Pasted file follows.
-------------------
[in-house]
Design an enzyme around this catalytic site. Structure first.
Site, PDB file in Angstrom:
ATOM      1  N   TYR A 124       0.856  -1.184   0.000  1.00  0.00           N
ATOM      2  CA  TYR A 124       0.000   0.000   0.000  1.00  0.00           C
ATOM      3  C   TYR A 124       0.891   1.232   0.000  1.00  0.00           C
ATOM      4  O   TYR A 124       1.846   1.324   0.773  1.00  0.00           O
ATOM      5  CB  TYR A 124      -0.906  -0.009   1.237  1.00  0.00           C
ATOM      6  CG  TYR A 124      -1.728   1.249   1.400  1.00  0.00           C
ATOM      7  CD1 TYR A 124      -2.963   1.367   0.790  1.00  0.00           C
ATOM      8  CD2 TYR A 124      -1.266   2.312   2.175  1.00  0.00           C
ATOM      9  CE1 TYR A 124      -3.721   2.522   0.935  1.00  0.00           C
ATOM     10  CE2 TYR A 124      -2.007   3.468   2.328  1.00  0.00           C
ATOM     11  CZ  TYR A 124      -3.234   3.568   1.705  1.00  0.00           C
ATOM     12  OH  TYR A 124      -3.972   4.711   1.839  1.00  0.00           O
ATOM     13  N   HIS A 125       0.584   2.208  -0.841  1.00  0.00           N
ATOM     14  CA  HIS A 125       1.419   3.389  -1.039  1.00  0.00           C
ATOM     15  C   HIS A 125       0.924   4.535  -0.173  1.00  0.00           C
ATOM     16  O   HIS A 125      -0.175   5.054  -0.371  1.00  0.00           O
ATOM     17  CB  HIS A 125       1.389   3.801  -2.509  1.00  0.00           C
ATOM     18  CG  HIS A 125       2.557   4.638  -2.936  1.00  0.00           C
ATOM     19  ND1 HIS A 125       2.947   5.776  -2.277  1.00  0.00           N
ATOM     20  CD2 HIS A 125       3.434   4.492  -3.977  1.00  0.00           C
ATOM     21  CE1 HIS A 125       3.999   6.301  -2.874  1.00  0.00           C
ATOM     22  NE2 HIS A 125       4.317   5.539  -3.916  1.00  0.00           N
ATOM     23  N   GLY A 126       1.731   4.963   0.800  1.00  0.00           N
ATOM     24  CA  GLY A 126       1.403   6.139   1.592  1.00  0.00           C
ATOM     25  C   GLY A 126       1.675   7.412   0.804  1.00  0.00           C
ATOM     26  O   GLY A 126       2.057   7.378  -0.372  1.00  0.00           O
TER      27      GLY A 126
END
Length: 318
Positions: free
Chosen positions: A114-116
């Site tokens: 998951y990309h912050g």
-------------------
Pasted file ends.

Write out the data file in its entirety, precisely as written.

[in-house]
Design an enzyme around this catalytic site. Structure first.
Site, PDB file in Angstrom:
ATOM      1  N   TYR A 124       0.856  -1.184   0.000  1.00  0.00           N
ATOM      2  CA  TYR A 124       0.000   0.000   0.000  1.00  0.00           C
ATOM      3  C   TYR A 124       0.891   1.232   0.000  1.00  0.00           C
ATOM      4  O   TYR A 124       1.846   1.324   0.773  1.00  0.00           O
ATOM      5  CB  TYR A 124      -0.906  -0.009   1.237  1.00  0.00           C
ATOM      6  CG  TYR A 124      -1.728   1.249   1.400  1.00  0.00           C
ATOM      7  CD1 TYR A 124      -2.963   1.367   0.790  1.00  0.00           C
ATOM      8  CD2 TYR A 124      -1.266   2.312   2.175  1.00  0.00           C
ATOM      9  CE1 TYR A 124      -3.721   2.522   0.935  1.00  0.00           C
ATOM     10  CE2 TYR A 124      -2.007   3.468   2.328  1.00  0.00           C
ATOM     11  CZ  TYR A 124      -3.234   3.568   1.705  1.00  0.00           C
ATOM     12  OH  TYR A 124      -3.972   4.711   1.839  1.00  0.00           O
ATOM     13  N   HIS A 125       0.584   2.208  -0.841  1.00  0.00           N
ATOM     14  CA  HIS A 125       1.419   3.389  -1.039  1.00  0.00           C
ATOM     15  C   HIS A 125       0.924   4.535  -0.173  1.00  0.00           C
ATOM     16  O   HIS A 125      -0.175   5.054  -0.371  1.00  0.00           O
ATOM     17  CB  HIS A 125       1.389   3.801  -2.509  1.00  0.00           C
ATOM     18  CG  HIS A 125       2.557   4.638  -2.936  1.00  0.00           C
ATOM     19  ND1 HIS A 125       2.947   5.776  -2.277  1.00  0.00           N
ATOM     20  CD2 HIS A 125       3.434   4.492  -3.977  1.00  0.00           C
ATOM     21  CE1 HIS A 125       3.999   6.301  -2.874  1.00  0.00           C
ATOM     22  NE2 HIS A 125       4.317   5.539  -3.916  1.00  0.00           N
ATOM     23  N   GLY A 126       1.731   4.963   0.800  1.00  0.00           N
ATOM     24  CA  GLY A 126       1.403   6.139   1.592  1.00  0.00           C
ATOM     25  C   GLY A 126       1.675   7.412   0.804  1.00  0.00           C
ATOM     26  O   GLY A 126       2.057   7.378  -0.372  1.00  0.00           O
TER      27      GLY A 126
END
Length: 318
Positions: free
Chosen positions: A114-116
């Site tokens: 998951y990309h912050g």